The UK's Financial Conduct Authority is asking the financial sector how it might improve the consumer investment market. It is worried about consumers receiving lower returns than they should because of unsuitable products with high fees but PIMFA, the UK's main private client management trade body, has many other concerns.
The UK has a complex and diverse consumer investment market, with more than 5,000 advisory firms and 27,000 advisors. In its recently-published Business Plan, the FCA said that it was its intention to fight hard to reduce 'harm' in the market. It now wants answers to the following questions.
- What more can the FCA do to help the market offer a range of products that meet straightforward investment needs?
- How can it help people to understand the risks that they are running?
- How can it regulate financial promotions in such as way as to make it easier for people to understand the protection that regulation can afford them when they invest?
- What more can the FCA do to ensure that when people lose money because of an act or omission of a regulated firm, they are compensated appropriately by whoever is to blame?
- How can the FCA or firms (the regulator does not say which) do more to protect people from scams?
- How can the FCA help this market to be competitive?
The FCA’s interim chief executive, Christopher Woolard, believes that there have been too many scams and scandals in the market, with firms offering consumers unsuitable products or advice. He says that he will consider all contributions carefully. He is proud of the FCA's occasional forays into the pension transfer market, its temporary ban on the mass marketing of mini-bonds and its proposals to make the ban permanent. He is also keen to remind the industry of the FCA's ScamSmart campaign which it began in 2014 with the aim of giving consumers information to help prevent them falling victim to investment and pension scams. There appears to be no cut-off date for replies to the FCA's questions and all wealth firms are invited to write in.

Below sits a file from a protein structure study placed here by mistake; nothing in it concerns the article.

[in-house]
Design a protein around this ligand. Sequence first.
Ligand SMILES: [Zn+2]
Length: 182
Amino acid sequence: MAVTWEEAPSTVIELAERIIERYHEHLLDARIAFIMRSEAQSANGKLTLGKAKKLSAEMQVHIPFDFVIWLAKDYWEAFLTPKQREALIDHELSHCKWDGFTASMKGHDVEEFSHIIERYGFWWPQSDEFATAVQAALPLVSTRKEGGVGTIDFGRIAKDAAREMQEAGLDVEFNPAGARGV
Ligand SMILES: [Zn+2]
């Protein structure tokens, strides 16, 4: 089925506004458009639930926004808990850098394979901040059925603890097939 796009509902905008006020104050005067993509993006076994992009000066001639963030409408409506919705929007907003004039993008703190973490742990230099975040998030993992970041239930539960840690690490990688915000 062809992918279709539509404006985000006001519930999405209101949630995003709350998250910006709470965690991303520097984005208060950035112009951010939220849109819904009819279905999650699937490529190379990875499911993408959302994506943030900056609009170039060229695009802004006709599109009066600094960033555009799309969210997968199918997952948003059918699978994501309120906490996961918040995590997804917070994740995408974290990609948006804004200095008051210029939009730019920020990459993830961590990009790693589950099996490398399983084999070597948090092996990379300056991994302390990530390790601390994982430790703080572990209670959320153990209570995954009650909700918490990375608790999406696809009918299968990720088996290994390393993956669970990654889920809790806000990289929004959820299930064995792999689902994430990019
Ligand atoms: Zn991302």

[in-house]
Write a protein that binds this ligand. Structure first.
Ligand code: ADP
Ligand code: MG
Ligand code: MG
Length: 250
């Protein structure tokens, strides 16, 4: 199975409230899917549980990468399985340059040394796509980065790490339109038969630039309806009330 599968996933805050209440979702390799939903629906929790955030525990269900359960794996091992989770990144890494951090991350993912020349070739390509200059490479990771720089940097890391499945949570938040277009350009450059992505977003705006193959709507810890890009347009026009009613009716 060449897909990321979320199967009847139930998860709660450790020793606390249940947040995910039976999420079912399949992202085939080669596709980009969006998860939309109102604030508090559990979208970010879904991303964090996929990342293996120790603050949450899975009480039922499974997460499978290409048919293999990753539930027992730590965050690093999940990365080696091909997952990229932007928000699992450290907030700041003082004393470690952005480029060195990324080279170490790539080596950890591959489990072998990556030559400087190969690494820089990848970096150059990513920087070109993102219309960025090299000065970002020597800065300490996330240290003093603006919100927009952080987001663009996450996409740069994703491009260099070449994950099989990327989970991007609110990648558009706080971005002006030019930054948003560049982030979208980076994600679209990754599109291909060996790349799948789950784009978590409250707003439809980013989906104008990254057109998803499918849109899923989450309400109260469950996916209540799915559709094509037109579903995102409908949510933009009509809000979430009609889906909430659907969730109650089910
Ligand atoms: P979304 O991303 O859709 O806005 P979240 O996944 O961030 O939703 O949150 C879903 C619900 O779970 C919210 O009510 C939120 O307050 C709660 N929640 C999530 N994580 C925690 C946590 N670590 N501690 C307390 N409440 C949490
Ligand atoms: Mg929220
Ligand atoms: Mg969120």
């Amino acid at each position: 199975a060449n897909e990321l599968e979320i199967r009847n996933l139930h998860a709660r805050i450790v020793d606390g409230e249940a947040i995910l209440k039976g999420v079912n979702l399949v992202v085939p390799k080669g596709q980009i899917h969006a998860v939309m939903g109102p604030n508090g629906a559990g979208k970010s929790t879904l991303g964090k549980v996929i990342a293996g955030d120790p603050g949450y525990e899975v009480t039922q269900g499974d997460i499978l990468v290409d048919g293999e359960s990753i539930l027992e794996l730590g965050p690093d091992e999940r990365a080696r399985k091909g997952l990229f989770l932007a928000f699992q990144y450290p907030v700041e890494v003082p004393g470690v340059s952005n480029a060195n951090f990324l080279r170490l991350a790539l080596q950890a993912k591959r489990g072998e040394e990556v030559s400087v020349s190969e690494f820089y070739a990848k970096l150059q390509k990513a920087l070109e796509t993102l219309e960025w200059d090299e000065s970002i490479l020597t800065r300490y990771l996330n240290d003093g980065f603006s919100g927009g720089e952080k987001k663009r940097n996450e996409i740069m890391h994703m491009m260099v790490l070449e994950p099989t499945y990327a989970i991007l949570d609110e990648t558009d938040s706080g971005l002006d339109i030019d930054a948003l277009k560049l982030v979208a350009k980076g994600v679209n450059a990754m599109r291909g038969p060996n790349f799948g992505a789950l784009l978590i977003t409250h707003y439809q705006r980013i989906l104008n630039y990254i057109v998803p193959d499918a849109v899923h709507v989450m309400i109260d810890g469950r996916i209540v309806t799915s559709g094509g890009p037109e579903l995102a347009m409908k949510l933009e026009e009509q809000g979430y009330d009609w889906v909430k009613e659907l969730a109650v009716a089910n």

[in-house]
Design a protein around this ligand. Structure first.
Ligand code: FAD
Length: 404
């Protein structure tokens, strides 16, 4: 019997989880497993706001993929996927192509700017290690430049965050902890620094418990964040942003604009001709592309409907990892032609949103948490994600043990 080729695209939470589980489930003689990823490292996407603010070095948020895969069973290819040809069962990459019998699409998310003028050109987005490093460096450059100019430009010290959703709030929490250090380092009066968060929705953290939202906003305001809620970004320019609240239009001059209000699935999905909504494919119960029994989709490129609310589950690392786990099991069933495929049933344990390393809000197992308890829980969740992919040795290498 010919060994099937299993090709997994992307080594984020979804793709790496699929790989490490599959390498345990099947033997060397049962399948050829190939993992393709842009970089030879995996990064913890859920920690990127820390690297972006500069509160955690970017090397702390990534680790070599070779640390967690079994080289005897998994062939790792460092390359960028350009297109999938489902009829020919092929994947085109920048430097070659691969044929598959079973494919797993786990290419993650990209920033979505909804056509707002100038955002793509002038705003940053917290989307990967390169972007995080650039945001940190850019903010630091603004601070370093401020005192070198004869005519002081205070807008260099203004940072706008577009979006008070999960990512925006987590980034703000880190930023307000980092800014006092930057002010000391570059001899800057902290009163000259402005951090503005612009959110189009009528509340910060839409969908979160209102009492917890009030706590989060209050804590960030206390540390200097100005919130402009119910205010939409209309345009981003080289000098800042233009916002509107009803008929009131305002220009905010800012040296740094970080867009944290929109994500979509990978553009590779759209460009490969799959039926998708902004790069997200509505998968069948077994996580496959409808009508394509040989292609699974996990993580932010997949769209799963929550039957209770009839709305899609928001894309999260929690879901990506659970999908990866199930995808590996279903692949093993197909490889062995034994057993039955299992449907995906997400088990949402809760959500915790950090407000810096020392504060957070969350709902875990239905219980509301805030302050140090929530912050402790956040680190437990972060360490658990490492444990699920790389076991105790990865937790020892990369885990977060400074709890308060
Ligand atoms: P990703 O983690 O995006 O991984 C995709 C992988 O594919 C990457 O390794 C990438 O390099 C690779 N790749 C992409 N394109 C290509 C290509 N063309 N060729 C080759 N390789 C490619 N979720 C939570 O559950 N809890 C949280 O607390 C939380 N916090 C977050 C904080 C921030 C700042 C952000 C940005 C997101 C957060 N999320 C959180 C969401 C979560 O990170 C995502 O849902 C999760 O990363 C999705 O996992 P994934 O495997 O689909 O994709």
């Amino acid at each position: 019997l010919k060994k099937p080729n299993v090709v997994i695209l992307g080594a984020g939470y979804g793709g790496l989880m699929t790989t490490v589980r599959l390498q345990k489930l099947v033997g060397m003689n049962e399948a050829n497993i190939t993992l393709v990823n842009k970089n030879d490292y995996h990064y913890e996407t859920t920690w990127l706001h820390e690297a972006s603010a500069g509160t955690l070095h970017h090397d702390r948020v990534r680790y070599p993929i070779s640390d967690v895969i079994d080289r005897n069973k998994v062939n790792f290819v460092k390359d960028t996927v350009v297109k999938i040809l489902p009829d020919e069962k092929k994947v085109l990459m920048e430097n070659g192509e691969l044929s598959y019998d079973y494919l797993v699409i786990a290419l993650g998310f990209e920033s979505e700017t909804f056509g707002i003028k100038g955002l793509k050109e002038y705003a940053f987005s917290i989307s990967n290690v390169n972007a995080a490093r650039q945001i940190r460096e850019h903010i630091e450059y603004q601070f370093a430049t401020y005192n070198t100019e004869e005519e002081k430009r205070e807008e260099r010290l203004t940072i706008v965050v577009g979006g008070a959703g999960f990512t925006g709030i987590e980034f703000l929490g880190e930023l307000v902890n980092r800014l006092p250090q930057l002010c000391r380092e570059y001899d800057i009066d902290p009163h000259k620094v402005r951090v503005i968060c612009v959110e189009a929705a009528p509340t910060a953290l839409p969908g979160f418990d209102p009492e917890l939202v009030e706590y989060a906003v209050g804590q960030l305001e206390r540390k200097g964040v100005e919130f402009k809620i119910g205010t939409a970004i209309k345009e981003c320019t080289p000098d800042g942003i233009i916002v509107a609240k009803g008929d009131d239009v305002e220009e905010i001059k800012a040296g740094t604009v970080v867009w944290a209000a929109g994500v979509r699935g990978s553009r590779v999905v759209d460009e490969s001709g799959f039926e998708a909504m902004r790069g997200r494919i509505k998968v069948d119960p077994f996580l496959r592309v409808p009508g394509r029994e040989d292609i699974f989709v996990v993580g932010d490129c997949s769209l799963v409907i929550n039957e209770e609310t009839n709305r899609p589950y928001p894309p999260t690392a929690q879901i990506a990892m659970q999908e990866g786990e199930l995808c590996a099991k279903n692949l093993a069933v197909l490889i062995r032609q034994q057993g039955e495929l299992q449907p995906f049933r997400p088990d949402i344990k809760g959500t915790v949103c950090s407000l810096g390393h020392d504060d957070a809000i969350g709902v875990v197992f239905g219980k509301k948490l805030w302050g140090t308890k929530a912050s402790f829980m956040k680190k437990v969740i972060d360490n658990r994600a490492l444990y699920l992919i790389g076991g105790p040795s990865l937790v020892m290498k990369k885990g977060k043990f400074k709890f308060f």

Meanwhile, the Personal Investment Management & Financial Advice Association has told this publication that it will, eventually, publish an updated list of its already-numerous grievances in our web pages before it submits its finished letter to the FCA. In early March this year it published a paper that criticised the UK's regulatory regime - and especially the Financial Services Compensation Scheme - in unprecedented detail. Readers can see a report of it here.
PIMFA has welcomed many of the proposals outlined in the FCA's call for evidence – in particular many of the arguments that it makes regarding the current system of pay or "compensation." However, it points out that the FCA ought to realise that every customer who finds himself in need of the FSCS has had a poor result and an incredibly stressful experience and that prevention is better than cure. Tim Fassam, its new director of government relations, told Compliance Matters: "In our view, there remains inadequate supervision of advice firms and this has led to significant market distortion whereby firms that represent the most harm are allowed to default their liabilities onto the FSCS and make prudent firms bear the cost.
“We continue to believe that unless the supervisory regime is fit for purpose, compensation costs will continue to rise regardless of their configuration. It is hard to see how, under the current system, the burden of these compensation costs will not continue to fall on prudent advice firms."
PIMFA has, incidentally, just set up an ESG (Environmental, Social and Governance) Academy, a new online learning facility that offers CPD (continuing professional development) points and is free to members.